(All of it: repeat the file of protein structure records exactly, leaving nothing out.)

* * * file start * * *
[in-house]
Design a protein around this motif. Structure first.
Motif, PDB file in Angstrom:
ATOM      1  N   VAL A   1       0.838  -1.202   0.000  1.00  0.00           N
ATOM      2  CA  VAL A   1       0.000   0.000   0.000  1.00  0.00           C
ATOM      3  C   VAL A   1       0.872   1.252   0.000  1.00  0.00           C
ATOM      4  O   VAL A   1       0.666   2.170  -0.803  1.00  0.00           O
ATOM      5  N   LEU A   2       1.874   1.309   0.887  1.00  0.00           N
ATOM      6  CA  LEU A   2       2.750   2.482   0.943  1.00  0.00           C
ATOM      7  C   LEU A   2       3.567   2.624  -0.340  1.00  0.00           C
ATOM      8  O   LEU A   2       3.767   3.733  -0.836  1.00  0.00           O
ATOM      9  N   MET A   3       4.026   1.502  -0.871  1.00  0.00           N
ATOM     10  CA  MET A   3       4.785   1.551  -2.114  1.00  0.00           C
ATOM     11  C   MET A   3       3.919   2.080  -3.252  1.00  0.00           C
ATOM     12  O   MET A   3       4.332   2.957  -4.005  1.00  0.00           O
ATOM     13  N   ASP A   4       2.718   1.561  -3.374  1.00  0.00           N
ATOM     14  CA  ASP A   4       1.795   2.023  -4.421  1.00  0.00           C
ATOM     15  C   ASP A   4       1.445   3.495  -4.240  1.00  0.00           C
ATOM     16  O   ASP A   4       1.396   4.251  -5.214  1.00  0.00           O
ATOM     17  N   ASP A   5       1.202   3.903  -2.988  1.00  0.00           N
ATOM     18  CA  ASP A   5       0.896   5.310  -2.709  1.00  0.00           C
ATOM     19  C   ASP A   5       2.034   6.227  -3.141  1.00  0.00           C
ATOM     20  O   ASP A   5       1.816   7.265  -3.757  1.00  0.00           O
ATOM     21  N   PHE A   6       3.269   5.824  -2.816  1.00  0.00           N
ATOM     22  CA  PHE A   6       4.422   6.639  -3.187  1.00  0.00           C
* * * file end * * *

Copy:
[in-house]
Design a protein around this motif. Structure first.
Motif, PDB file in Angstrom:
ATOM      1  N   VAL A   1       0.838  -1.202   0.000  1.00  0.00           N
ATOM      2  CA  VAL A   1       0.000   0.000   0.000  1.00  0.00           C
ATOM      3  C   VAL A   1       0.872   1.252   0.000  1.00  0.00           C
ATOM      4  O   VAL A   1       0.666   2.170  -0.803  1.00  0.00           O
ATOM      5  N   LEU A   2       1.874   1.309   0.887  1.00  0.00           N
ATOM      6  CA  LEU A   2       2.750   2.482   0.943  1.00  0.00           C
ATOM      7  C   LEU A   2       3.567   2.624  -0.340  1.00  0.00           C
ATOM      8  O   LEU A   2       3.767   3.733  -0.836  1.00  0.00           O
ATOM      9  N   MET A   3       4.026   1.502  -0.871  1.00  0.00           N
ATOM     10  CA  MET A   3       4.785   1.551  -2.114  1.00  0.00           C
ATOM     11  C   MET A   3       3.919   2.080  -3.252  1.00  0.00           C
ATOM     12  O   MET A   3       4.332   2.957  -4.005  1.00  0.00           O
ATOM     13  N   ASP A   4       2.718   1.561  -3.374  1.00  0.00           N
ATOM     14  CA  ASP A   4       1.795   2.023  -4.421  1.00  0.00           C
ATOM     15  C   ASP A   4       1.445   3.495  -4.240  1.00  0.00           C
ATOM     16  O   ASP A   4       1.396   4.251  -5.214  1.00  0.00           O
ATOM     17  N   ASP A   5       1.202   3.903  -2.988  1.00  0.00           N
ATOM     18  CA  ASP A   5       0.896   5.310  -2.709  1.00  0.00           C
ATOM     19  C   ASP A   5       2.034   6.227  -3.141  1.00  0.00           C
ATOM     20  O   ASP A   5       1.816   7.265  -3.757  1.00  0.00           O
ATOM     21  N   PHE A   6       3.269   5.824  -2.816  1.00  0.00           N
ATOM     22  CA  PHE A   6       4.422   6.639  -3.187  1.00  0.00           C